While no one has ever hired me for a project based solely based on my collection of testimonials, my clients tell me it helped them pull the trigger and decide to go ahead with our first project. In their minds, the risks of hiring a stranger was mitigated because so many people were willing to publicly sing my praises.
So, I can’t complain. My collection of testimonials/LinkedIn recommendations has served me well.
But HOW I WISH I could go back and give my contacts a bit more guidance on how to write a testimonial that would really serve my business.
It turns out that the best testimonial is one where the client talks mostly about him/herself, and hardly even mentions the consultant. It focuses on **results **the consultant provided and not the consultant’s personal attributes and personality.
The ideal format for a results-focused testimonial: the client talks a bit about his/her business, then the problem they faced that led to them to hire the consultant, and then the great results they obtained from doing so.
Contrast this to a character reference testimonial. An example: “Sue is great, she knows her stuff and we love her. She’s professional, smart and a real expert. I’d definitely hire her again, blah, blah…”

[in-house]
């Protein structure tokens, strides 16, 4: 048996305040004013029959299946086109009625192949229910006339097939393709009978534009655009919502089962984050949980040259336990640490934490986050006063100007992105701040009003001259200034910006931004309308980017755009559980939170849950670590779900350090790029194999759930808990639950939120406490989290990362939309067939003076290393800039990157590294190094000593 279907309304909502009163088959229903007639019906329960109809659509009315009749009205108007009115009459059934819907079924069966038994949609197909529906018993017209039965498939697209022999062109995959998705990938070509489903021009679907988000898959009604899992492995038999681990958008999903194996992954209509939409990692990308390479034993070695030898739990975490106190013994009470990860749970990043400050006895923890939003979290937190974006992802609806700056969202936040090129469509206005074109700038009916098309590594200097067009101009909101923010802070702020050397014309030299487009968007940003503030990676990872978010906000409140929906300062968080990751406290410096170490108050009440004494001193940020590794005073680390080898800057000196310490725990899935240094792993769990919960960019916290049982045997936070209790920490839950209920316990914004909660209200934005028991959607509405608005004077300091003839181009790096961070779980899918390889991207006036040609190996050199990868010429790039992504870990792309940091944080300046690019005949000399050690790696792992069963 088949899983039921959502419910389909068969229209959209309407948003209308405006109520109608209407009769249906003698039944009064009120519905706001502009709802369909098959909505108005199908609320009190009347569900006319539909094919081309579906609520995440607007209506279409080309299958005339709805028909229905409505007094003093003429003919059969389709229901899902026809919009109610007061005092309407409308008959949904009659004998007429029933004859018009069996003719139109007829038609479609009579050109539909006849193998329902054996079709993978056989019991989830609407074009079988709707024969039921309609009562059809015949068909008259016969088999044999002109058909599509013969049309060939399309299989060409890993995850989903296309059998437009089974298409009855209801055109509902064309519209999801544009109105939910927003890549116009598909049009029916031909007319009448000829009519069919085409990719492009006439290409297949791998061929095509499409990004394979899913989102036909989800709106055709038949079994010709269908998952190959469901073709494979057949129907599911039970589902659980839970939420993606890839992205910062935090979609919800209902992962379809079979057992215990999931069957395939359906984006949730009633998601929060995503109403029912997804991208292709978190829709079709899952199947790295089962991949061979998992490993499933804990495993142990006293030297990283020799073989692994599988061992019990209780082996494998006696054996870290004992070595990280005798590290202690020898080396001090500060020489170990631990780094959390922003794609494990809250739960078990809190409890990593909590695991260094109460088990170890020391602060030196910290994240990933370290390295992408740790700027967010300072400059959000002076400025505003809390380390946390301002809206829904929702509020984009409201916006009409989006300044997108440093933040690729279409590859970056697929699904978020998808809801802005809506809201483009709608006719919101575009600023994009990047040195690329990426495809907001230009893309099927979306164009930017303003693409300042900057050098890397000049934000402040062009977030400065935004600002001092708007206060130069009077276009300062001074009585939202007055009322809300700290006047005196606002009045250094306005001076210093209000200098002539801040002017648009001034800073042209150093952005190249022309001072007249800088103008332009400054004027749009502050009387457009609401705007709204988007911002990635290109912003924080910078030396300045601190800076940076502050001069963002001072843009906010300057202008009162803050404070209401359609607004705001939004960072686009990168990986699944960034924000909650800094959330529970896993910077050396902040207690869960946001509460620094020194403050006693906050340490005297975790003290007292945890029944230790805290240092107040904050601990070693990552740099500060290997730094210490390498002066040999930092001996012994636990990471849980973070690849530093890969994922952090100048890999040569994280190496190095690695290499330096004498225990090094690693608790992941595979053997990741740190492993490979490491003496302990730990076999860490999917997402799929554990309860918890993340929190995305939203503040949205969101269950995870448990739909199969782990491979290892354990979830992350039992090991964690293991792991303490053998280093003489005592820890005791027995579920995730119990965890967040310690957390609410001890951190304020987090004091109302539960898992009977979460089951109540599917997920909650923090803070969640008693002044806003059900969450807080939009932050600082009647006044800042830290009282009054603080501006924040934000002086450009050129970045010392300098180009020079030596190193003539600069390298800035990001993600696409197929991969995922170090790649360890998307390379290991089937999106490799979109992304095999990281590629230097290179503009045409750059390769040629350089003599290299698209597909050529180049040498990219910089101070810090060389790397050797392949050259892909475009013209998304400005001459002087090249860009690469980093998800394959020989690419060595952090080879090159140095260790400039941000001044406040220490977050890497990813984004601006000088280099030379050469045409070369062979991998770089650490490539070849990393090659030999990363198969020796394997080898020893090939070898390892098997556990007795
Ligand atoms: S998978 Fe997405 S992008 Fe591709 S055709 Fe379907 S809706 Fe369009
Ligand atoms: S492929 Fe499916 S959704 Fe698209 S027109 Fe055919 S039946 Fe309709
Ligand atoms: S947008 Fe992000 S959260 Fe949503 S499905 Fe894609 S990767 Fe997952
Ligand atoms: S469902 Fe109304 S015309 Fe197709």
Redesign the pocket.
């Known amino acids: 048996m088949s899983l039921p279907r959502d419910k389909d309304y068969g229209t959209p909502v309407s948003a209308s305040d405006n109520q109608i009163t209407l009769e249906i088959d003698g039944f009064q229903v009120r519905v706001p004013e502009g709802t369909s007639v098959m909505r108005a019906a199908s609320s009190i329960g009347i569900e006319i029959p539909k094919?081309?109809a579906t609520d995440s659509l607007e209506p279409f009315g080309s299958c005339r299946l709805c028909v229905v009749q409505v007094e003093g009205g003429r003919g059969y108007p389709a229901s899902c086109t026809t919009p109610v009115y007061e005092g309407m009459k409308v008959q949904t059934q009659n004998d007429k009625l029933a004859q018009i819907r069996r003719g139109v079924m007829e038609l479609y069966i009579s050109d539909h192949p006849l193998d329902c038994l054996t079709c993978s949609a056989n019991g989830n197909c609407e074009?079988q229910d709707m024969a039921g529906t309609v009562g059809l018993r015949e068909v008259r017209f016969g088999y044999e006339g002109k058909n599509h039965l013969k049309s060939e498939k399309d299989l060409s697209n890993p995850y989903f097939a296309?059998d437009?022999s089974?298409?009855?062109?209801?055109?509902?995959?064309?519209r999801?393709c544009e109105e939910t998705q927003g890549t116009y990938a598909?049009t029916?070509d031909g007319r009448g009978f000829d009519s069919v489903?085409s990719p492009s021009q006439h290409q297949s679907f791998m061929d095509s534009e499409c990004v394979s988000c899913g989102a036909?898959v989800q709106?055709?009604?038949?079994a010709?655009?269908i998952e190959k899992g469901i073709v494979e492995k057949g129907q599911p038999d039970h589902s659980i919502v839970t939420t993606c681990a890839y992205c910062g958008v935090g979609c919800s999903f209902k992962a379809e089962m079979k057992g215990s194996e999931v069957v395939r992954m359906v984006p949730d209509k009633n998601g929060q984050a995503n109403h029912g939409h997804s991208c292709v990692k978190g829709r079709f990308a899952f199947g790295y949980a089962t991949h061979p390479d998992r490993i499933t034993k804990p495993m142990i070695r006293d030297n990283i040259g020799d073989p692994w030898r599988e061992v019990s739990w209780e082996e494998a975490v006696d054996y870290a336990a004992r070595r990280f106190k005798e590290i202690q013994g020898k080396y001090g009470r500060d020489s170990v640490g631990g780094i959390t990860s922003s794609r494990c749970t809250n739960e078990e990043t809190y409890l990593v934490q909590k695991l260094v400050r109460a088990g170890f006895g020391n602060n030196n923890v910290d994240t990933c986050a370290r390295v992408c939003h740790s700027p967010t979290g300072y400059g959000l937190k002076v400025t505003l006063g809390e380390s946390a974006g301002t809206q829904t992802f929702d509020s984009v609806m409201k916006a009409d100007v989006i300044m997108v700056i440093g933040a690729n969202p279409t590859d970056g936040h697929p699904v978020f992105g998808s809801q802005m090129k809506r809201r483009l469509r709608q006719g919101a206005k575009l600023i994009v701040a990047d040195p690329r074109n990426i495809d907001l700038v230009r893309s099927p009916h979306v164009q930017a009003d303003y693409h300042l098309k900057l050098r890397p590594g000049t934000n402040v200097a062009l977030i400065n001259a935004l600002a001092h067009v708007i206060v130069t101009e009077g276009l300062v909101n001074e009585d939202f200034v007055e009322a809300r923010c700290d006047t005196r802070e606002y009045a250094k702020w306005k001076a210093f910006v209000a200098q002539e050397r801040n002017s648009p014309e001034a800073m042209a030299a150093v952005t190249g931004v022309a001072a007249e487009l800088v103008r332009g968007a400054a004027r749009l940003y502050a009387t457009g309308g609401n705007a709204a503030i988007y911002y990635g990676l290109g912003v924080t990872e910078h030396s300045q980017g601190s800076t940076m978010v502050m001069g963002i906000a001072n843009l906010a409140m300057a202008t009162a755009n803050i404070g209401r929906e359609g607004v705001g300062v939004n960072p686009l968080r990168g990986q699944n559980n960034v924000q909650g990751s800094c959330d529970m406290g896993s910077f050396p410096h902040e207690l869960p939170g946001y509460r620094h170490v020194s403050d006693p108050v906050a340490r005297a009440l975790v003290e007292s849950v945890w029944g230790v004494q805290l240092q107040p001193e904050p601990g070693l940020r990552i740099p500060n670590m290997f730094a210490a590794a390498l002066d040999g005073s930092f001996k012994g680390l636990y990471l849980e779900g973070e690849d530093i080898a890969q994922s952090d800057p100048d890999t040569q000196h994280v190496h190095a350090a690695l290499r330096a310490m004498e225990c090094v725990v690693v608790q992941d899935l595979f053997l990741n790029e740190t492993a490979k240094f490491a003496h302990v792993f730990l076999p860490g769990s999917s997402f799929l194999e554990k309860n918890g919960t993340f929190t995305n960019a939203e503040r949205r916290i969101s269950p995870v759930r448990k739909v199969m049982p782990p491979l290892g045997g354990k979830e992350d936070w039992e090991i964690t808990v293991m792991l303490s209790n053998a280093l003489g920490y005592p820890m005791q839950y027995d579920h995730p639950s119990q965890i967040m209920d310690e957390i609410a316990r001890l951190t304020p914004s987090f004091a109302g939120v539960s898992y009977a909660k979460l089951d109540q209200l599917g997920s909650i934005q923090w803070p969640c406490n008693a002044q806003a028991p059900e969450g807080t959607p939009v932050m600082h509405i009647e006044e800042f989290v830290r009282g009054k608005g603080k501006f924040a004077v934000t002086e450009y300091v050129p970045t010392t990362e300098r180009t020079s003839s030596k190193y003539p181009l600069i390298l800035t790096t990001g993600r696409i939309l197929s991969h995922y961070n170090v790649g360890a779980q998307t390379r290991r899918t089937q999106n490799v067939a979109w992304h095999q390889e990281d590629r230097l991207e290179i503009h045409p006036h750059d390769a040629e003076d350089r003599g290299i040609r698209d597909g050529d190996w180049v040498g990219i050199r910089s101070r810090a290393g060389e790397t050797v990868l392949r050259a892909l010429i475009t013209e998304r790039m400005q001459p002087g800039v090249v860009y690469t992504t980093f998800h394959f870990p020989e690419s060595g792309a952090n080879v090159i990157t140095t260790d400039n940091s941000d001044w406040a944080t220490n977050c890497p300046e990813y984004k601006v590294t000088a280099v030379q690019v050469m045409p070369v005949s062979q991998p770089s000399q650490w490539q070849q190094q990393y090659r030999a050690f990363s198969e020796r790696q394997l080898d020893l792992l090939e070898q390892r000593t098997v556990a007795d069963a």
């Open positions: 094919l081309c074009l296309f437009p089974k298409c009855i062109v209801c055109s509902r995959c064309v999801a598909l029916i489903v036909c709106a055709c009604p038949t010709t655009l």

Character reference testimonials are great. But results-focused testimonials are infinitely more powerful to a prospective buyers. Just one results-focused testimonial, from a similar client with similar problems, is worth at least 5 character references. Maybe 10.
Unfortunately, I did not realize this when I started out. So about 75% of my testimonials are character references. This is because I did not give any guidance to my recommenders. And by default, humans seem hard-wired to give character references instead of result-focused testimonials, UNLESS you tell them specifically what you need.
I should have provided a template to my recommenders that would help them quickly form a result-focused testimonial. Nowadays, that’s what I do.